WARSAW – On his first Shabbat away from the fighting in Ukraine, Rabbi Julia Gris twice led services to welcome the Jewish holy day.
A week earlier, Ukraine’s only female rabbi had fled the war that had scattered her Odessa congregation from Moldova to Romania and Israel. Some stayed put, braving the Russian bombardments.
She first ran an online service for worshipers scattered overseas. Then, she officiated one in person for a small group in Poland, taken in by a Christian couple near Warsaw.
Gray lit Sabbath candles she had brought from Ukraine, while her 19-year-old daughter, Izolda, played guitar and sang, just as she had during services at home in her Reform community , Shirat ha-Yam.
“There was so much story, so much crying and so much pain,” Gray said. “For those who are here, and even more so for those who are still in Ukraine.”
Gray and her daughter found safety after a 30 kilometer (20 mile) walk dragging suitcases and their two cats, reaching the border with Poland where they negotiated a 40 hour wait without food, water or toilets.
The mother and daughter are part of the exodus from Ukraine that has become the fastest growing humanitarian crisis in Europe since World War II.
With some 200,000 Jews in Ukraine, one of the largest Jewish communities in the world, it is inevitable that many Jews will also be among those fleeing.
International Jewish organizations have stepped up to help, working with local Jewish communities in Poland, Romania, Moldova and elsewhere to organize food, shelter, medical care and other assistance.
The reality that so many Jews have joined the mass civilian outflow from Ukraine reveals the deception of Russian claims that it is there to “denazify” Ukraine. In truth, Ukraine has gradually become a pluralistic society, led by a Jewish president, Volodymyr Zelenskyy.
“Why is a Russian regime that claims to ‘denazify’ Ukraine brutalizing a country led by a democratically elected and proud Jew?” said David Harris, CEO of the American Jewish Committee (AJC), which s traveled to Poland this week to assess the situation. “Why is Moscow adopting 1930s Nazi-like tactics – fake history, fake grievances, blitzkrieg, attacks on civilians and civilian institutions, and murders of children?”
Gris said she always felt very comfortable in Ukraine, a Russian-born Jew who never experienced discrimination.
Today, the Russian invasion has plunged the country into an acute humanitarian crisis affecting Jews and non-Jews alike. Jewish organizations say they are there to help all refugees, regardless of their religion. But for some Jews, the organizations’ involvement is essential in helping them migrate to Israel or stay true to the observances of their faith, such as obtaining kosher food.
Besides the AJC, other people are helping. The American Jewish Joint Distribution Committee (JDC), a New York-based Jewish relief organization, has so far evacuated thousands of Jews to Moldova and assisted several thousand more after they arrived in Poland and other parts of the country. ‘other countries.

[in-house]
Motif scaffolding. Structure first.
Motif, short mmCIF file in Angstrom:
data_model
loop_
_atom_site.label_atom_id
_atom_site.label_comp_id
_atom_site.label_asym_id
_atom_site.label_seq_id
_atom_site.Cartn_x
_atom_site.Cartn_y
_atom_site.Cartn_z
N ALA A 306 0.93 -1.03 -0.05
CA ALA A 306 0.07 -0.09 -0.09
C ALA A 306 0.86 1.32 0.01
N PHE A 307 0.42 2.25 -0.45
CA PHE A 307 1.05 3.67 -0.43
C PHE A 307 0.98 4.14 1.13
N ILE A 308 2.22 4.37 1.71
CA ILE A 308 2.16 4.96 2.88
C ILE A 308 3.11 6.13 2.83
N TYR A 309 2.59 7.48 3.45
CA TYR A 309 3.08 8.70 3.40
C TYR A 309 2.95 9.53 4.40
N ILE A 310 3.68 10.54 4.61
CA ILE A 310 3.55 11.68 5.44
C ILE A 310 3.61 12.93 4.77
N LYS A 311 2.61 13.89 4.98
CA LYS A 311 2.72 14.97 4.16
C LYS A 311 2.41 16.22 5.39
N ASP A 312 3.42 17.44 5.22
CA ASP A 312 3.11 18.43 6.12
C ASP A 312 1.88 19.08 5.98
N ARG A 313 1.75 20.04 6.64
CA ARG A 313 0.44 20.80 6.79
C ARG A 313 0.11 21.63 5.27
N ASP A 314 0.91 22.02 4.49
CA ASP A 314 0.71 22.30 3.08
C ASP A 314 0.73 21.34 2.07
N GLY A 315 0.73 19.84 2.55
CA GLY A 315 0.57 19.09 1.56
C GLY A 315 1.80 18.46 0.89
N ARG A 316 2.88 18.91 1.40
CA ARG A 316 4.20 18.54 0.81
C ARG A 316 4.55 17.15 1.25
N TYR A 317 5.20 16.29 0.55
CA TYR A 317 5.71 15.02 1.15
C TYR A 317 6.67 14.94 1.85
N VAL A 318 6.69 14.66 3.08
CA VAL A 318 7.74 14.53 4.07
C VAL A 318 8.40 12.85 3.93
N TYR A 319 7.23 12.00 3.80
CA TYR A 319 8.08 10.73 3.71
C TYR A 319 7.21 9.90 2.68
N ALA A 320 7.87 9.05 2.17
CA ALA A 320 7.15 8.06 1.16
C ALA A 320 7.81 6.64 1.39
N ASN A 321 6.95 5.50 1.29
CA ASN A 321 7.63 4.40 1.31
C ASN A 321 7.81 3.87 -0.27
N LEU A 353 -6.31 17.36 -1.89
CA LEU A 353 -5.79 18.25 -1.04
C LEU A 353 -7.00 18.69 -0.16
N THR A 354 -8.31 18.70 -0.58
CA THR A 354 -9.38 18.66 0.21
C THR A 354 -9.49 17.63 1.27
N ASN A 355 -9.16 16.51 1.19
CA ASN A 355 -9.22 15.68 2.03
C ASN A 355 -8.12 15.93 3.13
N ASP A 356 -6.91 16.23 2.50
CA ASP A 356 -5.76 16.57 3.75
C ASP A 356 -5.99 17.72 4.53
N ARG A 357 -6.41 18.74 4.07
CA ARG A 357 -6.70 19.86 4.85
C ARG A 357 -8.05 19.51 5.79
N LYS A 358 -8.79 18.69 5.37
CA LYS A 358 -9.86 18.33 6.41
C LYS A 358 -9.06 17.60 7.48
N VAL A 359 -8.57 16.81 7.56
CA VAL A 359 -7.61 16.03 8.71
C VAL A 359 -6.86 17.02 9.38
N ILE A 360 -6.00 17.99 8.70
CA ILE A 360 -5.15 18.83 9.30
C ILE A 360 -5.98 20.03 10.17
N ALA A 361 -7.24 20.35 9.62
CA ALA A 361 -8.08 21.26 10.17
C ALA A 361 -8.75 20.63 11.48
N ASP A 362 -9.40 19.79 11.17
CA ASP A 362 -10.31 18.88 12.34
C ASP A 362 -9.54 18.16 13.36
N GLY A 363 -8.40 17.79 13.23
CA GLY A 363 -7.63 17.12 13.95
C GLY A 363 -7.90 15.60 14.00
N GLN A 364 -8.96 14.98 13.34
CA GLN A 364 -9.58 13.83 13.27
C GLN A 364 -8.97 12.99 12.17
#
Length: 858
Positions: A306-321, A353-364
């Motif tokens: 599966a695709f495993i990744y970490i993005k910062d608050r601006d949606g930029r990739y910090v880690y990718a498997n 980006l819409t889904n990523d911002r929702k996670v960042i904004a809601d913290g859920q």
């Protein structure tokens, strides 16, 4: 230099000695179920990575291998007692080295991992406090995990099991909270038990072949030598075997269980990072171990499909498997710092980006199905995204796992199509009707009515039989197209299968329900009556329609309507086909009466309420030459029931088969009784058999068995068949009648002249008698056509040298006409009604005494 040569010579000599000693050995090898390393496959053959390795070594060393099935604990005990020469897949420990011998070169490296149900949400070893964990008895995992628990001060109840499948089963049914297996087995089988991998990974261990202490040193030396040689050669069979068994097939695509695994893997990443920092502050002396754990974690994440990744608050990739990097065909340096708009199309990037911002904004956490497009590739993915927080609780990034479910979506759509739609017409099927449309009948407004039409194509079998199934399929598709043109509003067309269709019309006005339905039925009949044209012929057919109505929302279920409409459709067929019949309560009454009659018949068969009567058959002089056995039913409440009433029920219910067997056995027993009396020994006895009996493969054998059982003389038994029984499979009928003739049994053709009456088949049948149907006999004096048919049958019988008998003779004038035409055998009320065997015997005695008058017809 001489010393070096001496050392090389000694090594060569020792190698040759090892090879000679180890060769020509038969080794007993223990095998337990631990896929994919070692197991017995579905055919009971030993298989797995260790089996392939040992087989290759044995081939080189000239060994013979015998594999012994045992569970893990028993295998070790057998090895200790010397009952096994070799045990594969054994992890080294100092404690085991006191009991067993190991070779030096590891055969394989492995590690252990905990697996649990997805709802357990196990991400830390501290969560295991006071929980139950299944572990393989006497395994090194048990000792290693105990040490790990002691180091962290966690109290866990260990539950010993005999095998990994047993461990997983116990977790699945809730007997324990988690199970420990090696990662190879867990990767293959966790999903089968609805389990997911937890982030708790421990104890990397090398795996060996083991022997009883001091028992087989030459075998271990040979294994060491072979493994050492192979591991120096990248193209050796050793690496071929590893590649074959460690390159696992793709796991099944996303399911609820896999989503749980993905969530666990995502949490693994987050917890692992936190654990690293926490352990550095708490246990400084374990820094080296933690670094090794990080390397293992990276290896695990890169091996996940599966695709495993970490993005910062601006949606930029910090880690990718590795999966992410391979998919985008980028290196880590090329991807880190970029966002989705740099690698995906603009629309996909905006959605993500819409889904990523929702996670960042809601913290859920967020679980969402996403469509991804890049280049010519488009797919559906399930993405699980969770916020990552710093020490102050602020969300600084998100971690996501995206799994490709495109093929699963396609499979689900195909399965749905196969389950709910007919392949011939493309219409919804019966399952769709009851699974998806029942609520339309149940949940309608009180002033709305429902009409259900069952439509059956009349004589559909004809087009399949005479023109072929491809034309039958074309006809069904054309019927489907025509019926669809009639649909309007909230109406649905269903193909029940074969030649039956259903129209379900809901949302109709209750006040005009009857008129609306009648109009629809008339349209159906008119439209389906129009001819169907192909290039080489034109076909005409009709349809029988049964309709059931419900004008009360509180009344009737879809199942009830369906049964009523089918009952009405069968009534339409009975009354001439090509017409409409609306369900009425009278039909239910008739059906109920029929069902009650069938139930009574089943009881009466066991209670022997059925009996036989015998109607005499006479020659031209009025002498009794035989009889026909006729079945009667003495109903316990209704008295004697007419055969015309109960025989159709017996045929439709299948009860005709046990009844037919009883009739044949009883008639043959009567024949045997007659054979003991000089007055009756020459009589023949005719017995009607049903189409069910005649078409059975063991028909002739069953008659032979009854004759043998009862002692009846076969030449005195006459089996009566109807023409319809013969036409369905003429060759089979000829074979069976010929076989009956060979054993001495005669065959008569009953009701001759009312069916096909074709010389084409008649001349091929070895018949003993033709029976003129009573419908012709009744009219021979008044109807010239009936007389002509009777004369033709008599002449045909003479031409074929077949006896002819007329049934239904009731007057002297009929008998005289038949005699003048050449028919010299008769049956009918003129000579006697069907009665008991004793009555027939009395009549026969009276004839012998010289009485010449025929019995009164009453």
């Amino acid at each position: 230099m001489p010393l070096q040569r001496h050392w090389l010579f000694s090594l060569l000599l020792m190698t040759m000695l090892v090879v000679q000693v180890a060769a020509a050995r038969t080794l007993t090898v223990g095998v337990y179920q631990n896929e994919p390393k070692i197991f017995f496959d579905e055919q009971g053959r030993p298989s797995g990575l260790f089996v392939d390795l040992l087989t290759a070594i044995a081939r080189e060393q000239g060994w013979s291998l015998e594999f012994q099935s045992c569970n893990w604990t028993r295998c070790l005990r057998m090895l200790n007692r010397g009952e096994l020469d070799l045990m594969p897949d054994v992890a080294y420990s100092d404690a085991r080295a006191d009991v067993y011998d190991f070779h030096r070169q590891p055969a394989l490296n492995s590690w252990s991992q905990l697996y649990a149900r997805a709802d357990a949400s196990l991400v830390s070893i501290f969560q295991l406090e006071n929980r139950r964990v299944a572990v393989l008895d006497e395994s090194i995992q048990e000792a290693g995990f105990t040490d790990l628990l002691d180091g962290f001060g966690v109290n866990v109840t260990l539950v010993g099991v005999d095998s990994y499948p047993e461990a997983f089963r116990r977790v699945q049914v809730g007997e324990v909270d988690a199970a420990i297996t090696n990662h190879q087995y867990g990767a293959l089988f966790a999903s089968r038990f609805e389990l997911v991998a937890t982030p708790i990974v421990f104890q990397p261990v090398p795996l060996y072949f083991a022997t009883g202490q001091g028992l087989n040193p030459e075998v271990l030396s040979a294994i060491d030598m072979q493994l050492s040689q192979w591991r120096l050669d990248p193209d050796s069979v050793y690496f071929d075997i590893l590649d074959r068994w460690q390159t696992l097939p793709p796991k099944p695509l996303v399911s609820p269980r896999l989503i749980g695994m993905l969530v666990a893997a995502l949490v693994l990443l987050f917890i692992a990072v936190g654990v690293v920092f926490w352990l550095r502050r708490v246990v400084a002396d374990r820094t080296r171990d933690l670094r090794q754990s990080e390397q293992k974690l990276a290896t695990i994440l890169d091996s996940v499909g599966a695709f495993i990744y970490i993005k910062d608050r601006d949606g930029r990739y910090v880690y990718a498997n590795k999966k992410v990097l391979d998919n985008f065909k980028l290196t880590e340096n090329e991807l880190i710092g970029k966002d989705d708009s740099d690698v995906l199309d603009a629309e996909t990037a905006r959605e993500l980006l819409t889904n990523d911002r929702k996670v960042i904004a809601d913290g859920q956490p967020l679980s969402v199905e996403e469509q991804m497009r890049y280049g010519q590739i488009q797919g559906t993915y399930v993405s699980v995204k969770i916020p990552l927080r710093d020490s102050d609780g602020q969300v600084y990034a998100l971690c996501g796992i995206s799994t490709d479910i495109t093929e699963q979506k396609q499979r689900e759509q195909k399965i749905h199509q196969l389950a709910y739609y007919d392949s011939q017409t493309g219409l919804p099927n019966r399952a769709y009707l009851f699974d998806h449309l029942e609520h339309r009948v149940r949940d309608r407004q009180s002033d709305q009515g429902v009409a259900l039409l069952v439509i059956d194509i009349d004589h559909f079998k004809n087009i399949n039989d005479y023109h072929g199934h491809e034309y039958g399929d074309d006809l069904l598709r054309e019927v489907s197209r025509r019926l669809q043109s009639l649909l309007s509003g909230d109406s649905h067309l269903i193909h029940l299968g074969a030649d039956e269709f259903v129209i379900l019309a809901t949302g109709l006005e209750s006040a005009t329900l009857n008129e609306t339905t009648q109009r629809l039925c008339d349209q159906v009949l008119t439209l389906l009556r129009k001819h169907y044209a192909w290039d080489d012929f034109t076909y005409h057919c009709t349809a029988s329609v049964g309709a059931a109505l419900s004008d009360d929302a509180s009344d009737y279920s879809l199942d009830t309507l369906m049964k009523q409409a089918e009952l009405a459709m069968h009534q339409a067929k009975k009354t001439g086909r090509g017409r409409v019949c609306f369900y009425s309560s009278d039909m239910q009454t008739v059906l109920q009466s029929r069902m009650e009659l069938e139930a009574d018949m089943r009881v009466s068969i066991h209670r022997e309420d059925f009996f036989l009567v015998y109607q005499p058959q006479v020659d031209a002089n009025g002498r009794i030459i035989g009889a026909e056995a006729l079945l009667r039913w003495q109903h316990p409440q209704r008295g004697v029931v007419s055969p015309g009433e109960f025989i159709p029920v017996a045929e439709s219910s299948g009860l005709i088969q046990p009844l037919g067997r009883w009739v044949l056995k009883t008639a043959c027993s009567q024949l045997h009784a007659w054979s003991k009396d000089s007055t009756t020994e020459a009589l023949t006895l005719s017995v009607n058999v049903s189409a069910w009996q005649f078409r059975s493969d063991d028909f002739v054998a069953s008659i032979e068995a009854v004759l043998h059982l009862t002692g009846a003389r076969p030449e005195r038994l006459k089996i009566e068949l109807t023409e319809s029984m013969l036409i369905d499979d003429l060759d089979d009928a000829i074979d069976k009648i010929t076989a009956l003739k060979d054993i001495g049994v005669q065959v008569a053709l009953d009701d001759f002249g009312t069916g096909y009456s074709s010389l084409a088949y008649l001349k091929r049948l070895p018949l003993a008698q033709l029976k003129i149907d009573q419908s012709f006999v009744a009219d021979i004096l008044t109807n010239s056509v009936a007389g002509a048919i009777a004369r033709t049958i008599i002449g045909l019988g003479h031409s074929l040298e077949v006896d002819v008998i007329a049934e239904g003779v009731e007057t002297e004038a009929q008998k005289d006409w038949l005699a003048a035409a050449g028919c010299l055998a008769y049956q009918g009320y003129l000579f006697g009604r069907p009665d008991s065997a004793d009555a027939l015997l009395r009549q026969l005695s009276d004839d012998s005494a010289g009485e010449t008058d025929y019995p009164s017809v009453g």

Poland’s Chief Rabbi Michael Schudrich said some of the Jewish refugees planned to go to Israel while others intended to join their families in countries like Germany or Britain. Others, he said, “have to figure out what to do with their lives – do they want to settle in Poland or somewhere else?”
The dark historical irony is not lost on Schudrich. Eight decades ago, Jews were desperately trying to flee German-occupied Poland and other Eastern European countries under Nazi German rule. Six million of them were exterminated.
“The struggles that people had, the separation of families, saying goodbye and never knowing if you would see each other again, and most of the time you didn’t,” Schudrich said. “And to say now that Jews and others are not fleeing Poland but in Poland, and that we, the small Jewish community in Poland, can now welcome them.”
Gray is waiting for a sponsorship letter hoping to go to the UK. She was ordained a rabbi at Leo Baeck College London and has supportive friends and colleagues there.
Wearing a sequined yarmulke and a ribbon pinned to her chest in the blue and yellow of the Ukrainian flag, Gray said she had never experienced anti-Semitism in her 22 years of living in Ukraine.
It was the fact that she was Russian that made her nervous after Russian troops attacked Ukraine on February 24. Friends advised him to leave. Ukrainian authorities froze his bank account – a measure taken against Russian and Belarusian citizens. At the border, she said, Ukrainian guards asked, “How do we know you’re not a spy?”
Gray said she could understand this reaction from a nation under attack, but it still hurt because “my heart and soul are with Ukraine.”
Gris, 45, was born in Bryansk, Russia, before the breakup of the Soviet Union. She began her spiritual journey as a teenager at a time of broader revival of Jewish life in Eastern Europe. Judaism, like other religions, had been suppressed by the officially atheistic ideology of the communist era.
In her youth, a rabbi told her that she was so wise that she could even aspire to be a rabbi’s wife. But she thought, “No, I’ll be a rabbi myself.”
Gray doesn’t know where the war will lead but fears that Jewish life will never be the same there again.
On Saturday, her second safe Shabbat, she was joined in Warsaw by a member of her congregation from Odessa – two-thirds of whom have now fled – a reunion that gave them both comfort.
She denounced Russian propaganda and told how her own mother, who is still in Russia, did not believe Russia was attacking Ukraine. “I had to tell him yes, I hear the sirens and the bombs myself!”
Now she feels that her life in Odessa could be lost forever. “I don’t know when I can go back,” Gray said, fighting back tears. “Or if I come back.”
Copyright 2022 The Associated Press. All rights reserved. This material may not be published, broadcast, rewritten or redistributed without permission.